Since 1950, This Family Has Passed Down The Same Dress To Wear To Kindergarten

Taylor Pittman

Jenny Hirt’s family is giving a new meaning to hand-me-downs. Nineteen members of her family have worn the same dress to their first day of kindergarten since 1950. 

Jenny has sent both of her daughters, 4-year-old Caroline and 6-year-old Ally, to school wearing the yellow dress with purple details. The dress has been in her family since her aunt, Martha Esch, wore it in 1950. Jenny’s great-grandmother, Maude Hatton Bryant, sewed the dress, and her grandmother, Helen Esch Stewart, did the embroidery.

Jenny Hirt's 4-year-old daughter, Caroline Hirt (right), wore the dress this year for her first day of kindergarten. The first person to wear it was Jenny's aunt, Martha Esch (left), in 1950. (Courtesy of Jenny Hirt)

The Durango, Colorado, mom wore the dress when she started kindergarten in 1981. While being passed around to 19 different eager kindergartners, the outfit has traveled to seven states: Michigan, North Carolina, Arizona, Oregon, Colorado, Ohio and Florida.

This summer, Jenny made minor repairs to the dress and noticed the buttons had been moved around at least three times. She assumed other relatives had modified the outfit to make it fit the kindergartners in the family. 

The dress has been worn by 19 different people in Jenny's family and has traveled to seven states. (Courtesy of Jenny Hirt)

While Jenny’s oldest, Ally, was thrilled to wear the dress since she knew her mother and grandmother wore it on their first days of school, her youngest, Caroline, decided to put her own twist on the outfit before agreeing to wear it.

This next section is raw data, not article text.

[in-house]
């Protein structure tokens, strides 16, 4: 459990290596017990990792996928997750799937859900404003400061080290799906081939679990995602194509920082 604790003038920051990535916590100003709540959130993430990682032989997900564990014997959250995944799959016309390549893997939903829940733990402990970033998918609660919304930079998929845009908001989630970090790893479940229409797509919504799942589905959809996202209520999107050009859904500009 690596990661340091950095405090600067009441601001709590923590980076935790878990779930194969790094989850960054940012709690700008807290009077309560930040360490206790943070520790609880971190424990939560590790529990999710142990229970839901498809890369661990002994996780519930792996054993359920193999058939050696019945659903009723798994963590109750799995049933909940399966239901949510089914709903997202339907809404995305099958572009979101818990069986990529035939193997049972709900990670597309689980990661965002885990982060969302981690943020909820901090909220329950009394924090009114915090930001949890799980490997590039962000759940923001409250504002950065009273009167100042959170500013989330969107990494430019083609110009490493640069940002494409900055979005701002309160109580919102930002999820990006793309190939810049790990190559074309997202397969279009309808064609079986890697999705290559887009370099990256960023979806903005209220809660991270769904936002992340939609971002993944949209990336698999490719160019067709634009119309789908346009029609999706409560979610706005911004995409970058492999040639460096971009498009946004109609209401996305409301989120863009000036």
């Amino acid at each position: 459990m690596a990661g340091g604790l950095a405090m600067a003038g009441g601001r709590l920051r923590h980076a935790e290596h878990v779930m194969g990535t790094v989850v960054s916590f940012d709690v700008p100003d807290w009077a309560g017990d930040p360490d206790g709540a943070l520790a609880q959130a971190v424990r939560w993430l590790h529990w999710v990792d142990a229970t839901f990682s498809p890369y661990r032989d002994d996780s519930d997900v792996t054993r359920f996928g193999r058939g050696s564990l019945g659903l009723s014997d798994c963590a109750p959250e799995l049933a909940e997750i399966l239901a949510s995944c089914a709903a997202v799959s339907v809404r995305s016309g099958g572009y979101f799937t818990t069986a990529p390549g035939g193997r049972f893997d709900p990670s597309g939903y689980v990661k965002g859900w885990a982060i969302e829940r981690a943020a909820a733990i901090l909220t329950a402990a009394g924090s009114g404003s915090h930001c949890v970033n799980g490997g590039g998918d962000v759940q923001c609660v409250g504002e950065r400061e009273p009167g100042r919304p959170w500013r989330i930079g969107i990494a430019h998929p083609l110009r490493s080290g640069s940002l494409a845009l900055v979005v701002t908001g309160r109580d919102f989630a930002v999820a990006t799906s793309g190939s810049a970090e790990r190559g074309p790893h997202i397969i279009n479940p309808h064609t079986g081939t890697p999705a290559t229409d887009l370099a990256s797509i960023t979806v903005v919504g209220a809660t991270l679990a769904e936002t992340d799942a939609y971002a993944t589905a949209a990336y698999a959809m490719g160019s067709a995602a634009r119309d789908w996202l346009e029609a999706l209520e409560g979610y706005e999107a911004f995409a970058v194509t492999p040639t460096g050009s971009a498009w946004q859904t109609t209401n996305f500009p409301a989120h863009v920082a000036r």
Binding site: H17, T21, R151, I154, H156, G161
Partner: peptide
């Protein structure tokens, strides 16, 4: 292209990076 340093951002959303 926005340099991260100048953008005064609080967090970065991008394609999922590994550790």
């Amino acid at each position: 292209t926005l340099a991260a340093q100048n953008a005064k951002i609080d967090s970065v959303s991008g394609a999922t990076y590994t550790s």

“She had to wear her favorite boots,” Jenny told HuffPost. “And she also refused to put her hair in pigtail braids as was part of the tradition. As a mom, you know, we pick our battles, and all I was really focused on was Caroline having a positive first day of kindergarten.”

Jenny joked that her niece, Sylvie Johnson, who was the 19th person to wear the dress, had “a little bit of ice cream bribery” involved on her first day.

Jenny's oldest daughter, 6-year-old Ally (left), was the 17th person to wear the dress. Her niece, Sylvie Johnson (right), was the 19th.  (Courtesy of Jenny Hirt)

There are three more children ― ages 2, 3 and 4 ― in the family who will wear the dress next. Jenny said her family values handing things down to each other and keeping traditions.

“That includes recipes, clothes, jewelry, artwork, chairs, musical instruments ― you name it!” she said. “When I was pregnant with my first daughter, my mother sent me boxes of my childhood clothes and toys that she kept for years waiting for me to have my first child. Ally and Caroline have played with many toys or lovies that used to be mine when I was a little girl.”

Ally especially loves wearing the old clothes.

“A sweater I had since 1979 is one of her favorite sweaters,” Jenny told HuffPost. “She even wore an outfit to school one day last year where she wore my Aunt Martha’s skirt from the 50s and my sweater from the 70s.”

Jenny told HuffPost she hopes her family’s tradition with the dress encourages other families to take a break from the chaos and savor the things they find meaningful. 

“It is a way to carry on the memories of family members, try to instill pride of tradition in our kids and bind us together as a family,” she said. “It’s a big deal to us.”

  • This article originally appeared on HuffPost.